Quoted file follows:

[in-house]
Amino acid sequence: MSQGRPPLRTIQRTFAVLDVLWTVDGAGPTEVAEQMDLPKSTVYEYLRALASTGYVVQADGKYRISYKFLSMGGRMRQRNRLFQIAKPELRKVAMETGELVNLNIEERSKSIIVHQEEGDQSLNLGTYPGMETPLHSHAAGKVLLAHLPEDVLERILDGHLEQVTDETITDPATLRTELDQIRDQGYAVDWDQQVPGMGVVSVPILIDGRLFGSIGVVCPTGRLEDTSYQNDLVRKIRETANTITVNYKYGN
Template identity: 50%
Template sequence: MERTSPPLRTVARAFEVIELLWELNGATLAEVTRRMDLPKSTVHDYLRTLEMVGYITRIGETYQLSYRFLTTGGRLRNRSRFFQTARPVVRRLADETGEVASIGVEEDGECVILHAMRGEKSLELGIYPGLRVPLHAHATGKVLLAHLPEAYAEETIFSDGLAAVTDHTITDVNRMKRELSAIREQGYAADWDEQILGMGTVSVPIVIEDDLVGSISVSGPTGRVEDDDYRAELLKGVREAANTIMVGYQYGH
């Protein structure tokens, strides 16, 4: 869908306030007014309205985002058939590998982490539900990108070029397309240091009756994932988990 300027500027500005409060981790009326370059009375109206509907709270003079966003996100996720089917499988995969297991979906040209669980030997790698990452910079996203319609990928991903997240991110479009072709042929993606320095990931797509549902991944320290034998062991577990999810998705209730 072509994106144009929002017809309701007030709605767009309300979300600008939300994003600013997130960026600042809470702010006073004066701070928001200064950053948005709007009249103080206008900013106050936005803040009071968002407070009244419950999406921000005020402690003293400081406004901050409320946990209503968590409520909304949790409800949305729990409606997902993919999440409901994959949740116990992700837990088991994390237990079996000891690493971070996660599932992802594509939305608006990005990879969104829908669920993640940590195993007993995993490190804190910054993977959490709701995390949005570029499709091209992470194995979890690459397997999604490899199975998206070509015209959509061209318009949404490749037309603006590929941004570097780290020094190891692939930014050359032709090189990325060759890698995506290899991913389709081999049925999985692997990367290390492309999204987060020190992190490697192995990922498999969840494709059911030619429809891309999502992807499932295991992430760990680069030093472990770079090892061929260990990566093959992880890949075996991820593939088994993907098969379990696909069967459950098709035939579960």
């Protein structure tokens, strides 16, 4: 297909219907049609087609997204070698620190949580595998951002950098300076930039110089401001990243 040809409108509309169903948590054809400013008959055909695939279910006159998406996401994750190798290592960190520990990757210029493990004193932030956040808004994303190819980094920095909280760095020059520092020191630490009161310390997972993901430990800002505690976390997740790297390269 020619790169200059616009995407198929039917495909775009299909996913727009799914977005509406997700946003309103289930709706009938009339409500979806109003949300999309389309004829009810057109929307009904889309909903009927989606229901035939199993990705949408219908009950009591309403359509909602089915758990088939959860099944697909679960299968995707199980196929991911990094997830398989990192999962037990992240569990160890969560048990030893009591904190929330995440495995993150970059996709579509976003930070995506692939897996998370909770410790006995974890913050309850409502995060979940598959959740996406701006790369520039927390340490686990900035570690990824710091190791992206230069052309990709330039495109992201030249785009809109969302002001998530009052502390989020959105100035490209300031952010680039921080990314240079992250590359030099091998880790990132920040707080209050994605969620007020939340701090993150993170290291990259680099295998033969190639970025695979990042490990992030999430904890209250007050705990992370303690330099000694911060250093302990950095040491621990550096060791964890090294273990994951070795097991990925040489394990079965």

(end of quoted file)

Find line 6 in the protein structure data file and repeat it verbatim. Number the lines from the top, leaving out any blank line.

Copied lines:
């Protein structure tokens, strides 16, 4: 297909219907049609087609997204070698620190949580595998951002950098300076930039110089401001990243 040809409108509309169903948590054809400013008959055909695939279910006159998406996401994750190798290592960190520990990757210029493990004193932030956040808004994303190819980094920095909280760095020059520092020191630490009161310390997972993901430990800002505690976390997740790297390269 020619790169200059616009995407198929039917495909775009299909996913727009799914977005509406997700946003309103289930709706009938009339409500979806109003949300999309389309004829009810057109929307009904889309909903009927989606229901035939199993990705949408219908009950009591309403359509909602089915758990088939959860099944697909679960299968995707199980196929991911990094997830398989990192999962037990992240569990160890969560048990030893009591904190929330995440495995993150970059996709579509976003930070995506692939897996998370909770410790006995974890913050309850409502995060979940598959959740996406701006790369520039927390340490686990900035570690990824710091190791992206230069052309990709330039495109992201030249785009809109969302002001998530009052502390989020959105100035490209300031952010680039921080990314240079992250590359030099091998880790990132920040707080209050994605969620007020939340701090993150993170290291990259680099295998033969190639970025695979990042490990992030999430904890209250007050705990992370303690330099000694911060250093302990950095040491621990550096060791964890090294273990994951070795097991990925040489394990079965």